To integrate affirmative-action policies into the corporate culture, many visionary CEOs like David Kearns, formerly of Xerox Corp., included EEO activities in the performance appraisals and compensation packages of their managers. To that, Price Cobbs, M.D., a San Francisco management consultant and principal of Pacific Management Systems adds: "Innovative CEOs like Coy Eklund, formerly of Equitable, also created an environment that allowed all people to feel that they could achieve their fullest potential. When special programs are only implemented for minorities and women to move up the career ladder, these programs become targets for backlash."
As the corporate EEO commitment increased throughout the country, the list was expanded to 25 companies in 1986 and from 25 to 50 in 1989. The 1989 list included 15 "companies to watch," whose efforts were headed in the right direction, but had not reached the success of those featured in the section "the best of the best." This year the BE Editorial Board identified only 25 companies that exemplified the commitment and success potential of strong affirmative-action policies. (BE 100s companies were not included since they will be evaluated in our "20th Annual Report On Black Business" in June 1992.) Interestingly, only six companies have made all four lists: American Telephone & Telegraph Co., Equitable Cos., Gannett Co., General Motors Corp., IBM Corp. and Xerox Corp.
In addition, the majority of these companies and those on the 1992 Best Places are well-represented on BE's prestigious corporate elite rosters: "The 25 Hottest Black Managers In Corporate America" (February 1988) and "21 Women Of Power And Influence In Corporate America" (August 1991). The CEOs in these organizations believe in the bottom-line value of work-force diversity. But even more importantly, these enlightened leaders are willing to take the bold initiatives to enable African-Americans to break through the concrete (not glass) ceiling and integrate the ranks of senior management. Smith explains: "These men gave very talented black managers the authority to run businesses, make mistakes and grow." Oakland-based diversity consultant Ben Harrison agrees, adding: "How blacks are used in decision-making teams throughout the organization and their level of task assignments (with significant revenue responsibility and exposure) are the most revealing indicators of the best places for blacks to work."
It is because of this point that we also included a sidebar on the military focusing on the U.S. Army. The Army's successful deployment of African-American officers in strategic leadership positions has exemplified the true value of diversity in management.
The 1992 Best Places Survey
To develop the 1992 Best Places list, BLACK ENTERPRISE mailed out 270 surveys last September to Fortune 1000 corporations that have demonstrated a sustained interest in recruiting, hiring, retaining and promoting minorities (specifically African-Americans). In addition to requesting statistics on African-American employees, managers and senior managers, we requested information about the companies' minority recruitment programs, total dollar value of minority contracts and minority participation in management training, development and fast-track programs. Many companies refused to participate in the survey, citing embarrassing statistics regarding black employees and/or legal restrictions. Several admitted that although they provide substantial support to black community-service preparations, minorities are not well-represented on their payrolls.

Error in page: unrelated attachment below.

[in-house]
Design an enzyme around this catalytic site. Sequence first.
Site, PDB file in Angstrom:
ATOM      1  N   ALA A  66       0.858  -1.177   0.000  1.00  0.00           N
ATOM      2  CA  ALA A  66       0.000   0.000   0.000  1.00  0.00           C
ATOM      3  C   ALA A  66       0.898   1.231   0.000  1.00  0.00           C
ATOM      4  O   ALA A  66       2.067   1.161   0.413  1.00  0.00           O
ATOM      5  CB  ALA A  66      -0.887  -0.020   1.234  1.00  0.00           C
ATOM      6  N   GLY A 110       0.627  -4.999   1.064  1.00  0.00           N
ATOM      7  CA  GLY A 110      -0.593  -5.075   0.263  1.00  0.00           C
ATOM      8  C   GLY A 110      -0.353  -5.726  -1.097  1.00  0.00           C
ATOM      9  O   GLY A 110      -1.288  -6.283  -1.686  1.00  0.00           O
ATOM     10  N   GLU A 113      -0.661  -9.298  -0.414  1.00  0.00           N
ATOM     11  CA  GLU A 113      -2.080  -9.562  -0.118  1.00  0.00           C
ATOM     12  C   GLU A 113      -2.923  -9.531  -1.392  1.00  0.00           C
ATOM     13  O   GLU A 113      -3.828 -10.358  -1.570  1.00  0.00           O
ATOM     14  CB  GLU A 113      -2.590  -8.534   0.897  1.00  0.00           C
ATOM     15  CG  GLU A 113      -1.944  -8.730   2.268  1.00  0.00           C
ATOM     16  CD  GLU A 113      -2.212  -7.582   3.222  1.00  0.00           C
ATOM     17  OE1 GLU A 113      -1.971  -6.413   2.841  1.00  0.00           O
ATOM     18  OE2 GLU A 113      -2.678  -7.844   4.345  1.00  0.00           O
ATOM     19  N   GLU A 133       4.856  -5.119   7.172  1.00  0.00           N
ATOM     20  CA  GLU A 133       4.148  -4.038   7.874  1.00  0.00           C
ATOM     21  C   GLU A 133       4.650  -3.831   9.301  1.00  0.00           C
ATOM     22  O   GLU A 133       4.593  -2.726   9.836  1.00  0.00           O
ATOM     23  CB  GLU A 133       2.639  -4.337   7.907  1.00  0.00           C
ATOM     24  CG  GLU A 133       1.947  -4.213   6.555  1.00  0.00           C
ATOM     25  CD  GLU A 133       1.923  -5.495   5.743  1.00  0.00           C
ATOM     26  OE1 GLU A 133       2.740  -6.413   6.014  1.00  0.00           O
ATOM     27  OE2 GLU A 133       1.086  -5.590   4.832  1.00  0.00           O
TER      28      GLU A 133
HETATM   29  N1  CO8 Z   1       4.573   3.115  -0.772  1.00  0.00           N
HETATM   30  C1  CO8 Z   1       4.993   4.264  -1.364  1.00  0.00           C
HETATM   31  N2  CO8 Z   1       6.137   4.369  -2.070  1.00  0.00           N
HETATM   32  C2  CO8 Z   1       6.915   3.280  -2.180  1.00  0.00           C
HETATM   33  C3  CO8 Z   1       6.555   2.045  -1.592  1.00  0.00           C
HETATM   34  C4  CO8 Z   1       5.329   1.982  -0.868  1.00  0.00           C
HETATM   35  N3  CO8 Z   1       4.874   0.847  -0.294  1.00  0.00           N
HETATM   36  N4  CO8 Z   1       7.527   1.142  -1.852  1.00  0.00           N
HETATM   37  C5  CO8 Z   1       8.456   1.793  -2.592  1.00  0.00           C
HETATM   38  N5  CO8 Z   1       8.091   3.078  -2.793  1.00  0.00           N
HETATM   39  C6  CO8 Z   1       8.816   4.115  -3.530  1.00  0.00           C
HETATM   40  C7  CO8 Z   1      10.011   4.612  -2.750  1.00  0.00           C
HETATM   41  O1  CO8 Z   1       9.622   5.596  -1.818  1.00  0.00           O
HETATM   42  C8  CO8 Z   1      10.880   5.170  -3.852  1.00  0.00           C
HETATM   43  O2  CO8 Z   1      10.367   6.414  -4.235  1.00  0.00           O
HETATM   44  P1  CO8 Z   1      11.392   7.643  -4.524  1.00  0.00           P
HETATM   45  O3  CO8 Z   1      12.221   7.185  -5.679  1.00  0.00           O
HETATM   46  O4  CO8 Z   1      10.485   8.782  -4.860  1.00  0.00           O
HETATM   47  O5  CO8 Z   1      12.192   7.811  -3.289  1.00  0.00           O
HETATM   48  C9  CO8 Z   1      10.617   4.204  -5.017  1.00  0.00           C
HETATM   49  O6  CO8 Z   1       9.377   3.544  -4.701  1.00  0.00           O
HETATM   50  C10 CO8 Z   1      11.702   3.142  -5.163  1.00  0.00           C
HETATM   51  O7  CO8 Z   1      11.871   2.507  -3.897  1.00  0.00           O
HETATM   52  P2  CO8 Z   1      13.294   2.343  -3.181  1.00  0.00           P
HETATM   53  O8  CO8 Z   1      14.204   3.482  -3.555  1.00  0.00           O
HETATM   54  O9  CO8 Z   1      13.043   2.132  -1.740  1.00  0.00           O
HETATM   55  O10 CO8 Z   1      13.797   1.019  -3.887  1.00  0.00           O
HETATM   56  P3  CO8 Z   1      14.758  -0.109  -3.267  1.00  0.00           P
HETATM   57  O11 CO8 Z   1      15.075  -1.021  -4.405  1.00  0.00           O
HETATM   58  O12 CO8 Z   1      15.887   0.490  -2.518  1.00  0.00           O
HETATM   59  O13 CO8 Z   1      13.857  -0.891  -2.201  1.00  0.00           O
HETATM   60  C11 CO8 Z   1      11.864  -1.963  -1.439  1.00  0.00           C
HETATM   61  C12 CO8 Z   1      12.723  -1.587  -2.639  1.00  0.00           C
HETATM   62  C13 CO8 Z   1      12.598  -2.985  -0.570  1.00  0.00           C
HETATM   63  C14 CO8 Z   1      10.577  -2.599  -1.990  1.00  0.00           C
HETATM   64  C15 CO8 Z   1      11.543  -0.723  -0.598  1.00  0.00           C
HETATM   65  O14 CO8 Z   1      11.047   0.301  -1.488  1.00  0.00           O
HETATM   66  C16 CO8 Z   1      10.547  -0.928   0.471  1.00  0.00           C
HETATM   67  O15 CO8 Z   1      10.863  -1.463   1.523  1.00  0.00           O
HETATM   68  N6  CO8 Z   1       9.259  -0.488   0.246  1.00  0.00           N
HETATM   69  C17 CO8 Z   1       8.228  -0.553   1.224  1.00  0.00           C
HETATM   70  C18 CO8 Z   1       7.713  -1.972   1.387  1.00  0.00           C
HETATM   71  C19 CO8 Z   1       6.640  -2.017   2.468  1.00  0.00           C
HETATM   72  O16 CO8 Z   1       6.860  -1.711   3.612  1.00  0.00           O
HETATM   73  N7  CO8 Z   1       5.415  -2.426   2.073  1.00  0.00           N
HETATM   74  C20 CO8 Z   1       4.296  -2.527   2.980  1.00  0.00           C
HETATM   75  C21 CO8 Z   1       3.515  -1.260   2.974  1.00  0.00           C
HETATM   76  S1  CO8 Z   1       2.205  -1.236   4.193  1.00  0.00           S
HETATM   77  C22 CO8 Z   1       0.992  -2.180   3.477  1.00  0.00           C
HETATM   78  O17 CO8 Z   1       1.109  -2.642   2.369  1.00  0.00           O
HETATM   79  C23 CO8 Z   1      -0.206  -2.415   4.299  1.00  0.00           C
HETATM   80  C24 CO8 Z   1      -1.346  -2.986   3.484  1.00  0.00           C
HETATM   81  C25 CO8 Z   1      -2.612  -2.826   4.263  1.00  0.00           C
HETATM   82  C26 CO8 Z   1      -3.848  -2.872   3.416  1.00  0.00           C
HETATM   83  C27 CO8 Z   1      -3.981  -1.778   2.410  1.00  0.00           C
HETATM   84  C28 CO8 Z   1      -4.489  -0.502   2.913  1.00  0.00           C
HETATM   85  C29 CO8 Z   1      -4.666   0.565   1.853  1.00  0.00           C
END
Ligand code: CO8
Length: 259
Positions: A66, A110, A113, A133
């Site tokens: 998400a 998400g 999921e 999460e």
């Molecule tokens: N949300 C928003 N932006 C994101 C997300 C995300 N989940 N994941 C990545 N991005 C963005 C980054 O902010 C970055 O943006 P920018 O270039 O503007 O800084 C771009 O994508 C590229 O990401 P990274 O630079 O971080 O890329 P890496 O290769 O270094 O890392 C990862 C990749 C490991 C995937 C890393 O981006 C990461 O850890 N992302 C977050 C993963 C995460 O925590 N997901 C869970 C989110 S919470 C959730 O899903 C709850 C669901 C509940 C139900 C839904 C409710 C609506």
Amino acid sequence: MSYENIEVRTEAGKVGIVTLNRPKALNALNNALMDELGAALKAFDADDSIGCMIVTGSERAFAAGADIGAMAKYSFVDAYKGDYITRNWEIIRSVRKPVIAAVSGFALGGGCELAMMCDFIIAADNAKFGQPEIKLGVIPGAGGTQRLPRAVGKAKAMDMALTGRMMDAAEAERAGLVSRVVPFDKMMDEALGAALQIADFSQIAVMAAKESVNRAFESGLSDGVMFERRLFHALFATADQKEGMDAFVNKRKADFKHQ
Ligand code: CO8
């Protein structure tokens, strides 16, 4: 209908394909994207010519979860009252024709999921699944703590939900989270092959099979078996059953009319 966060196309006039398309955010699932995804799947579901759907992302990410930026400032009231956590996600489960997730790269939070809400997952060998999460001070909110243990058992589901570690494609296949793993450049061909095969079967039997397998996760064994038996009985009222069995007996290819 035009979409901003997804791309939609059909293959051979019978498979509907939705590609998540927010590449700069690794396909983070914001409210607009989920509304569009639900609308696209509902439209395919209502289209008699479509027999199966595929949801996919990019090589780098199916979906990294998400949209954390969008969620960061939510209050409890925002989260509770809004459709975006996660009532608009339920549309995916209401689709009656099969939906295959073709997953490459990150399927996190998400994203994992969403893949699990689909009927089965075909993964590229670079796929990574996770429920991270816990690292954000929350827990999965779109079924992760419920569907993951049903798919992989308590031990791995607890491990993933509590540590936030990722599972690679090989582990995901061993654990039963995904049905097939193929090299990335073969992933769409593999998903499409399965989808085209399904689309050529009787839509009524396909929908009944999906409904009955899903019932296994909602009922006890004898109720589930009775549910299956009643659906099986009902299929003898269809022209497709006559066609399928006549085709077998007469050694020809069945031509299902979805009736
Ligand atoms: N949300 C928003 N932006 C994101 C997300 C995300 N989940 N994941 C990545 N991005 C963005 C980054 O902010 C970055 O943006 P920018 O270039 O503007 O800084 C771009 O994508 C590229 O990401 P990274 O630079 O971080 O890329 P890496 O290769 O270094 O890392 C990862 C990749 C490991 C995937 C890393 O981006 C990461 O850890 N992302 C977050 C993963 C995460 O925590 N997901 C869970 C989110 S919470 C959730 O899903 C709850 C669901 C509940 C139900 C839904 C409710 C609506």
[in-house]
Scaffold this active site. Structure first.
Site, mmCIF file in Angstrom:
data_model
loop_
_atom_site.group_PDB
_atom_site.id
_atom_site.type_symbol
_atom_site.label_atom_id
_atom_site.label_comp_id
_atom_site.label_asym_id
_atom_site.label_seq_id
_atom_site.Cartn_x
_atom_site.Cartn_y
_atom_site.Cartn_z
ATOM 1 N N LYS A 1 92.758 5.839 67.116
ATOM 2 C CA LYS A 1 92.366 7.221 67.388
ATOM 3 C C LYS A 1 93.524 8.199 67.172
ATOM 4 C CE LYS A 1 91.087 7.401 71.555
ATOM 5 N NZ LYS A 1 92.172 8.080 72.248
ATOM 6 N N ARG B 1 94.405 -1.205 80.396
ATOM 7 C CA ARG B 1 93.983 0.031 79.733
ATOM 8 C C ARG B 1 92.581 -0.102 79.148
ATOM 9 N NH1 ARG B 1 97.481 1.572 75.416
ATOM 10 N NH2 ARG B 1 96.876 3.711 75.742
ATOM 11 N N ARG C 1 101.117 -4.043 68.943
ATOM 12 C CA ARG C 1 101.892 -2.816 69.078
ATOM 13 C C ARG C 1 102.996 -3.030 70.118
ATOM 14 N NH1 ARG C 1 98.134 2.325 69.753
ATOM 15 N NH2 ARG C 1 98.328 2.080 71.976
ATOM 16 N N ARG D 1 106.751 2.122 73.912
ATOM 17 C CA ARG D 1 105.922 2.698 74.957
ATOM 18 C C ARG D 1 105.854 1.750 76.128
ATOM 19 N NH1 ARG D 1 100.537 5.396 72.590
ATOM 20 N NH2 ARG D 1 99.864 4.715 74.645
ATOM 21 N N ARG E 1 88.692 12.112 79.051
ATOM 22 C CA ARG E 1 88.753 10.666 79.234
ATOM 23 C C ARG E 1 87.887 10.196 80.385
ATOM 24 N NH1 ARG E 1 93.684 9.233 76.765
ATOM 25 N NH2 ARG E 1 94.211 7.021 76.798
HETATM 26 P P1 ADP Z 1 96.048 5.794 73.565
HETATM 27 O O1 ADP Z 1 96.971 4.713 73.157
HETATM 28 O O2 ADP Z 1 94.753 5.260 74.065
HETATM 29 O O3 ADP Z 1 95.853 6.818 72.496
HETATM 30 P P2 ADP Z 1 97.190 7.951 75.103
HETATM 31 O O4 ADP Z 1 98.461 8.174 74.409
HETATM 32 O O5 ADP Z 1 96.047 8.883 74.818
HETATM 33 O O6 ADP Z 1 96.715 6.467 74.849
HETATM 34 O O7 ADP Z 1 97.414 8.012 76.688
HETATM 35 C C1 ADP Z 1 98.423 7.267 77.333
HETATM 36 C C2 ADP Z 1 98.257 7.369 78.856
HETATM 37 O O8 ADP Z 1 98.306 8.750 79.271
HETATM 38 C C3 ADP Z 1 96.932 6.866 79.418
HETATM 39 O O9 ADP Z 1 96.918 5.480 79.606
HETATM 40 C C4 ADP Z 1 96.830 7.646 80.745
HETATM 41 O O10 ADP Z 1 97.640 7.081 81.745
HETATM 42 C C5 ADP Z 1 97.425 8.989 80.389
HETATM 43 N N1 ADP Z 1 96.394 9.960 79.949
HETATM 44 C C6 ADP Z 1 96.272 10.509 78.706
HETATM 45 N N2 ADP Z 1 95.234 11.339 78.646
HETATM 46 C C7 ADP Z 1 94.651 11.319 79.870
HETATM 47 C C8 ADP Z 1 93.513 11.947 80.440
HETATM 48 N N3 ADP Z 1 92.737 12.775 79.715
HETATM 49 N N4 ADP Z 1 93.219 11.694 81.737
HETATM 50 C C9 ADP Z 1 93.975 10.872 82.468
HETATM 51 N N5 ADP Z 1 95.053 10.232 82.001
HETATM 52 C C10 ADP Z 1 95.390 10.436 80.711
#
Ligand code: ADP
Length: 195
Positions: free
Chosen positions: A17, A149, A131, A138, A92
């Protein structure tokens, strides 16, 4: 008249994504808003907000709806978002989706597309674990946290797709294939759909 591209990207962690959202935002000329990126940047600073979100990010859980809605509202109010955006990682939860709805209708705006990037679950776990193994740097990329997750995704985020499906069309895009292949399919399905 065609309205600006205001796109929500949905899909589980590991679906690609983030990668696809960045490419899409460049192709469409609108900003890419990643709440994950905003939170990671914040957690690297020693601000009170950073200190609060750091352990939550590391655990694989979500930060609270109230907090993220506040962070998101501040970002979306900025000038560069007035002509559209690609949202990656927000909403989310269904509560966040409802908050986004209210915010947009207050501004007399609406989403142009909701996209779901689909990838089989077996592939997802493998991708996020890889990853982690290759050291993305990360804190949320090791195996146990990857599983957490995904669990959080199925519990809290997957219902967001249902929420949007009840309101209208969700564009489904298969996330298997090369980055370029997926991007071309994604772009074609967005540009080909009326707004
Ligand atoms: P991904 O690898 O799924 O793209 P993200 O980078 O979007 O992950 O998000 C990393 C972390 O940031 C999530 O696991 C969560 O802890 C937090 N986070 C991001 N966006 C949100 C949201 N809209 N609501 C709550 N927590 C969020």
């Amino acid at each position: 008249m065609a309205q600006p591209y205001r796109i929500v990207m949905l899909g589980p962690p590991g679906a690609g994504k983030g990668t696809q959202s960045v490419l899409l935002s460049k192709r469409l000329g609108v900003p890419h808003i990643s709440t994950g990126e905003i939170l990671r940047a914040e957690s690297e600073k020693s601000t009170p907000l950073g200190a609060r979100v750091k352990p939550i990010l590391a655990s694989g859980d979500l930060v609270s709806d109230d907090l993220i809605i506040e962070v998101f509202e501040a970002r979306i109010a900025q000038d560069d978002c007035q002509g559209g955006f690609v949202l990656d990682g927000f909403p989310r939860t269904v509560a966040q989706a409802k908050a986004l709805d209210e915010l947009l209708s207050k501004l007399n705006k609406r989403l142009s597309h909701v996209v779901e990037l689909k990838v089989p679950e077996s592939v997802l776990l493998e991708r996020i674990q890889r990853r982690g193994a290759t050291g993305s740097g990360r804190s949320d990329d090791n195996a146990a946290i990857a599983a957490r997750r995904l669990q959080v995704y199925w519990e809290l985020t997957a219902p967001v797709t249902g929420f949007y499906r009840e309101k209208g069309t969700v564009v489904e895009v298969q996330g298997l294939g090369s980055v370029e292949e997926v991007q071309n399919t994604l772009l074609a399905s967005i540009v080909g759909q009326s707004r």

Jeffalyn Johnson, Ph.D., a management consultant at the University of North Florida in Jacksonville recommended carefully looking at companies that invest in all its people with training and development programs designed to improve productivity and quality. "These companies respect and encourage innovation," Johnson says, "and they will be the ones destined for growth."
Based on these statistics and a review of the companies affirmative-action/EEO and cultural diversity policies, survey respondents were whittled down into a working list of 50 companies. Black executives and employee network presidents at these companies were then interviewed to get a better understanding of how black employees are really faring at these organizations. Based on this research and recommendations from leading black executive recruiters, management consultants and national black professional associations, the Editorial Board of BLACK ENTERPRISE selected the 25 best companies and compiled a second list of five "Companies To Watch." These predominantly engineering and technology-driven organizations are run by CEOs who are bent on skimming off the top talent in the country-regardless of ethnic origin.
And that says quite a lot in a nation where a July 8, 1991, BusinessWeek article titled "Race In The Workplace: Is Affirmative Action Working?" confirmed the disturbing fact that white Americans are very angry about affirmative action, insisting that it is really preferential treatment for minorities.
The study also...